But not a single soul since Brorvonius left his tower behid has ever been able to get past the doors. Whatever spells he worked on the door are still holding fast, even after so many years.
At this point, Lucia feels like they’ve tried everything to get this stupid door open. Apolline has tried spells and counter-spells of her own. She even tried magical passwords in no fewer than eight languages. Lucia tried to pick the lock. Petra tried to smash it open. Roland tried to melt the lock with acid, then blow it up with a highly-flammable alchemical concoction. Petra tried to smash it open again.
So far, they’ve been just as unlucky as every other group of adventurers that has tried to get into the tower.
“Well,” Roland offers. “We’ll just have to try something else. There’s more than one way to skin a cat.”
Lucia throws her hands up in disbelief. “I’m standing right here!” the lynx-woman exclaims.
“Why don’t we stop for lunch?” Apolline asks. “We’re all getting tired and hungry, no? Maybe a break will help us think of a new way forward.”
The group settles down for a break and quick meal. As frustrating as those first few days looking for work in Middlesbrooke were, being able to sleep in a real bed and eat real food was a welcome change of pace from her typical life as an adventurer. And the food back in Middlesbrooke was good.
“Hey, where’d Alda go?” she asks, realising that the girl isn’t with them.
“Here she comes,” Roland says, pointing to the rapidly approaching figure of his sister.
Alda comes running back to the others. “I did it! I did it!” she exclaims eagerly, almost tripping over herself in her excitement. “I got the door open!”
“And how did you manage that?” Apolline asks.
Despite her attempts to maintain her typical cool, composed demeanour, an eager grin is raising the corners of her mouth and she is glancing past the girl in the direction of the sorcerer’s tower.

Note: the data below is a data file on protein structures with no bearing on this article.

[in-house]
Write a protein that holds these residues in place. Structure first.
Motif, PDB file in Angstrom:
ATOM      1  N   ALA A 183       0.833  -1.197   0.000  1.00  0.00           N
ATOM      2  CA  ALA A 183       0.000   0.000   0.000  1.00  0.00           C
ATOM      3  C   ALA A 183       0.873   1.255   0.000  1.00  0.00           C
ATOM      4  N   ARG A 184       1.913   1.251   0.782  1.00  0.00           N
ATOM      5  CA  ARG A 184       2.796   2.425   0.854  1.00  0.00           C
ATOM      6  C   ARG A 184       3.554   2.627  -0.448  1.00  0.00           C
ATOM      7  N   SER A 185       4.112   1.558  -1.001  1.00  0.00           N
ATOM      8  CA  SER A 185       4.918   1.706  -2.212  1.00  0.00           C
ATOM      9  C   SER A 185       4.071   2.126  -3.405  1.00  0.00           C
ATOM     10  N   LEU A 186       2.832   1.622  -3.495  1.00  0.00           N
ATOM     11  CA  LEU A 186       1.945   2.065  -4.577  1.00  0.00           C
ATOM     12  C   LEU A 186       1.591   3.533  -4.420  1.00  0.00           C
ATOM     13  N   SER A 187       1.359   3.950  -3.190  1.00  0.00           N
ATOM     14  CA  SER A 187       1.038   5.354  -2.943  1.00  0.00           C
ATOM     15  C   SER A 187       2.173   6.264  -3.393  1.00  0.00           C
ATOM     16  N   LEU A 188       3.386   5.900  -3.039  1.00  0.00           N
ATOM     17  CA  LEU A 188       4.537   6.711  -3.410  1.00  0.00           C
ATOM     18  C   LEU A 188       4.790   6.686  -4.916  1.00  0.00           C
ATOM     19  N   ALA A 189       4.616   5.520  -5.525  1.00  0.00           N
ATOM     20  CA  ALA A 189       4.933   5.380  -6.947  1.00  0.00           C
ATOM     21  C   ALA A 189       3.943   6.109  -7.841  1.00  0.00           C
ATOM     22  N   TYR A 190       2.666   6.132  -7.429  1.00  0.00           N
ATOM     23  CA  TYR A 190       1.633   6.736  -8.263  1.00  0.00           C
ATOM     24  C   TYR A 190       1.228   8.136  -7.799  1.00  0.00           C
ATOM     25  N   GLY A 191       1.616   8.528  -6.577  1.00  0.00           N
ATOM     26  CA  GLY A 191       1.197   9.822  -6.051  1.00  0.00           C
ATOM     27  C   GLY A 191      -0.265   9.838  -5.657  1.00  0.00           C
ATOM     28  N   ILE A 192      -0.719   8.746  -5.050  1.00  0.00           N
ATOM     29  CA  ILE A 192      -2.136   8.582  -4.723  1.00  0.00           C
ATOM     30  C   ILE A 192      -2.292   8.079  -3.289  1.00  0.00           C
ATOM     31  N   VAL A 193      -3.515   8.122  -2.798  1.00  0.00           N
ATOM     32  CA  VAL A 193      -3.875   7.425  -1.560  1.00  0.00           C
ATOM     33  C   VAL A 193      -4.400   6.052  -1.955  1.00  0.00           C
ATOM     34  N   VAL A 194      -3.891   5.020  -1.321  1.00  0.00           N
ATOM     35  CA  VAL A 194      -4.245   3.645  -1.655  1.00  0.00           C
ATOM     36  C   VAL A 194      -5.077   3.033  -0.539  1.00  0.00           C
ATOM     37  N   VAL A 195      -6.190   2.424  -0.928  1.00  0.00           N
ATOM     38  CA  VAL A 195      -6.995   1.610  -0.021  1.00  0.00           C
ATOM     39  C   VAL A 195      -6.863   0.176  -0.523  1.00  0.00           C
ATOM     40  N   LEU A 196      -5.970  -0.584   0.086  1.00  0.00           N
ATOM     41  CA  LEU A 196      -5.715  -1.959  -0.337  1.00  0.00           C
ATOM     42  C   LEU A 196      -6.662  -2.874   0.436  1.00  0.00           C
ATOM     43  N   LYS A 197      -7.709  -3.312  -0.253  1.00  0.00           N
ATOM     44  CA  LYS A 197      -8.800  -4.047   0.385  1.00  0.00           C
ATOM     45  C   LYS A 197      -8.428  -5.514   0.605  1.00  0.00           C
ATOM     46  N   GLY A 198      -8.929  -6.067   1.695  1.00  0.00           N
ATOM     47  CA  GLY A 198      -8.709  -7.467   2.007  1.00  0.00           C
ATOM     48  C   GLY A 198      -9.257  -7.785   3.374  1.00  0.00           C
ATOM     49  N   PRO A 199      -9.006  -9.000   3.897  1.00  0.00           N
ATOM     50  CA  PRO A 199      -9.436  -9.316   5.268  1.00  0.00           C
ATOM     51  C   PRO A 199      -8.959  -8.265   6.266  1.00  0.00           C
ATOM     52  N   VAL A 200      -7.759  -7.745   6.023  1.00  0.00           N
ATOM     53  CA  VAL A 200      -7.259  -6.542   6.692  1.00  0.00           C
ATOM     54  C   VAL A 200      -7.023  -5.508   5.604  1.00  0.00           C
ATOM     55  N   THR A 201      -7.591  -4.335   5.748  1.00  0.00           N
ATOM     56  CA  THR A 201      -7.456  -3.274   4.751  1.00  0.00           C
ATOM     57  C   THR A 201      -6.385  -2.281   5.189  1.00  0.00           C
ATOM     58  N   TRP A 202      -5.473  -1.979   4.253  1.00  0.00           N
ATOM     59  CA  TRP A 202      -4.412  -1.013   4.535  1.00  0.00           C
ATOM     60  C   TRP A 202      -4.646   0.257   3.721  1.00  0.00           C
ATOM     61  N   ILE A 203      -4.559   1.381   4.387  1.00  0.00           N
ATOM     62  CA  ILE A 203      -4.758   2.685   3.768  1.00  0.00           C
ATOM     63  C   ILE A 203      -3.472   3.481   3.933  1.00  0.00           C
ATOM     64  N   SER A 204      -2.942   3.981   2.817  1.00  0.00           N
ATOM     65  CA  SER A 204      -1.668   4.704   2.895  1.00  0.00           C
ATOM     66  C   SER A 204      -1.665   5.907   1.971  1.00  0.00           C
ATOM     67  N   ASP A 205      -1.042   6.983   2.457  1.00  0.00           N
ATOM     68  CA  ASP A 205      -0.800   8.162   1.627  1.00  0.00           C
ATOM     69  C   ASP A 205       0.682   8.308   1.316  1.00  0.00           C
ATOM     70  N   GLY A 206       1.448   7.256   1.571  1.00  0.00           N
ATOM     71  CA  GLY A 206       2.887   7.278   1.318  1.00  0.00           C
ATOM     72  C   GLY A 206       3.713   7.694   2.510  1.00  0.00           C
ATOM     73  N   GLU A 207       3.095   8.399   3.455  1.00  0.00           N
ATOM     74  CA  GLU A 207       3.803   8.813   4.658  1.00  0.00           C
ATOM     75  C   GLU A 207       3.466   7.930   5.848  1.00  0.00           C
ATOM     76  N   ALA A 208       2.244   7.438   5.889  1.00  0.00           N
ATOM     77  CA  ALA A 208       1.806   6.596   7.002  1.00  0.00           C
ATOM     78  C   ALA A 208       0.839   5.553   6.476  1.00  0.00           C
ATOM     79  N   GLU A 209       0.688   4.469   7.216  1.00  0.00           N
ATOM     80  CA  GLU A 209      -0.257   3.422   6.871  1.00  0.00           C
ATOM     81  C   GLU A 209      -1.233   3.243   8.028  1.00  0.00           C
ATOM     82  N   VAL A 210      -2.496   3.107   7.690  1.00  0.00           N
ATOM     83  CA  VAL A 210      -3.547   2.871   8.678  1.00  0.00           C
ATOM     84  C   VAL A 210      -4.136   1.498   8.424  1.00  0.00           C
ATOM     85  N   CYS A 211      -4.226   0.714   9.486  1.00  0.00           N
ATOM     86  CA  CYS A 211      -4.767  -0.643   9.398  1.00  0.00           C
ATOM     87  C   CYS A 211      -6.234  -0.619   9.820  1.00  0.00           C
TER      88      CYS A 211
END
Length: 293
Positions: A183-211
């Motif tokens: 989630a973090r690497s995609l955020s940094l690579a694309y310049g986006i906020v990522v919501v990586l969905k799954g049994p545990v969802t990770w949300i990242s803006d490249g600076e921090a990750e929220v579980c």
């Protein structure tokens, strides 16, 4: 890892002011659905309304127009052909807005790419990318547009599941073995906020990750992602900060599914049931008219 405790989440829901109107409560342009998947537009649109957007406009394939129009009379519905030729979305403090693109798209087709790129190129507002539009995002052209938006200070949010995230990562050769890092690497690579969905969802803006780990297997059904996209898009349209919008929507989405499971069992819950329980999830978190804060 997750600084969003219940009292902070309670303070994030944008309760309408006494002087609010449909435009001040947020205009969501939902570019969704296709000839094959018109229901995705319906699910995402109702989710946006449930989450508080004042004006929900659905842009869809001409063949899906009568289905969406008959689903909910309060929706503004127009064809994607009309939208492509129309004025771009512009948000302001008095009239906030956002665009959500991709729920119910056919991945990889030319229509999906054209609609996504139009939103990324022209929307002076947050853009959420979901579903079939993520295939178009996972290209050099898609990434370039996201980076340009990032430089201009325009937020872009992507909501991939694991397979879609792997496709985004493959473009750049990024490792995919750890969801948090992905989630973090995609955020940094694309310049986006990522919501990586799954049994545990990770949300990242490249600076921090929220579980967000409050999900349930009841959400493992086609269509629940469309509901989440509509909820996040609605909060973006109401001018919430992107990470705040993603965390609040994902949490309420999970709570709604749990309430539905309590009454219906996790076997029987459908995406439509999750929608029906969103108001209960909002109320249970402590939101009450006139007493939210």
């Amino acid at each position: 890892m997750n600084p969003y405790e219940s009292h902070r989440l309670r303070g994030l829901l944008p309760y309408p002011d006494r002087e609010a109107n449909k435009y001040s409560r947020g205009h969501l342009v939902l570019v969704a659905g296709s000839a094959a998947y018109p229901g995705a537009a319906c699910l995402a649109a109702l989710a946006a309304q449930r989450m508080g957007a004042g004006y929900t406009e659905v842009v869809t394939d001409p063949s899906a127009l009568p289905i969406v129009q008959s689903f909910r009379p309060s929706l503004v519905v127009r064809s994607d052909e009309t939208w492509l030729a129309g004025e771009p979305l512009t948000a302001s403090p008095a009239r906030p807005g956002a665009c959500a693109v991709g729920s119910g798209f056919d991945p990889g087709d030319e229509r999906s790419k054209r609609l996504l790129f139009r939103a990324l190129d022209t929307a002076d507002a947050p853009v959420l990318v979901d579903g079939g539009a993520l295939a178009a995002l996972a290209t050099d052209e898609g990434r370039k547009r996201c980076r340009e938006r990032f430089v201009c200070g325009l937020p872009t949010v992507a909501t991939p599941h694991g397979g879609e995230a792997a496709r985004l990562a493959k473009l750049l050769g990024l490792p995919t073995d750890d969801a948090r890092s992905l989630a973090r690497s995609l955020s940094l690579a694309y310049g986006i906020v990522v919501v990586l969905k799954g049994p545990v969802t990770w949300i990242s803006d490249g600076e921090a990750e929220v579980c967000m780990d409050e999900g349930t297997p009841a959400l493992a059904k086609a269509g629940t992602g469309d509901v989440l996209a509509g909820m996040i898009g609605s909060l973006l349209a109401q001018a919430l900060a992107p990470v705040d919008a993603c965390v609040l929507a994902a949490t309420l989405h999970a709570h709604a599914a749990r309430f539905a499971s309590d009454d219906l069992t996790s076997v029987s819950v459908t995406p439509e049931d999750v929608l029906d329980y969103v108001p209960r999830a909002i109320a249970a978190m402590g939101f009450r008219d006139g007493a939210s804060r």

“Well, I realised there was still one thing we hadn’t tried yet,” Alda says.
“And what was that?” Apolline asks. “What did you try?”
Alda grins proudly. “I knocked.”
The three female adventurers — Lucia, Apolline, and Petra — decide to celebrate their recent successes in and around Middlesbrooke with their new companions. Given the time of year, a Heroes’ Eve party seems to be in order. Lucia has never really liked the dressing up part of Heroes’ Eve — it’s always seemed like a waste of time and money. Especially now, when the three of them aren’t exactly rolling in money. But she’s never been one to turn down a good party.
With only five of them, it’s not a very large party, but it’s enough to keep them in a sufficiently celebratory and festive mood. They’ve gotten onto good enough terms with the owner of the coffeehouse that has become their unofficial base of operations in Middlesbrooke that she has allowed them to use it after hours.
It took some doing to get to this point, but Middlesbrooke feels like it’s finally starting to grow on Lucia.
As Roland and Alda step into the coffeehouse, the girl looks up at Petra “I like your costume,” she says.
Dressed in fuzzy yellow clothes, the Troll-Amazon smiles. “I am a duck,” she declares. “Quack.”
As a Wilderling, Lucia never quite knows how to feel about other people dressing in animal costumes. On the other hand, she’s never met many duck Wilderlings. Besides, for all her attempts to keep it secret, Apolline and Lucia are well aware of Petra’s affection for small, cute animals.
“You need more practice,” Alda notes.
Petra nods. “Yes. I am not used to being a duck. I do not normally need to quack.”
“I’m Princess Adelaide,” Alda says, showing off her warrior princess costume and striking a pose with her wooden sword.
“I’m a princess, too,” Apolline says, showing off her pink gown and crown.
Alda’s eyes widen with glee when she sees the dragon doll Apolline is holding. “You’re Astraea!” she declares. She points to the dragon. “That must be Orm!”
Apolline nods. “It’s one of my favourite stories.”
“Mine too,” Alda says.
“Here,” Lucia says, handing Alda a fistful of candies. “Happy Heroes’ Eve.”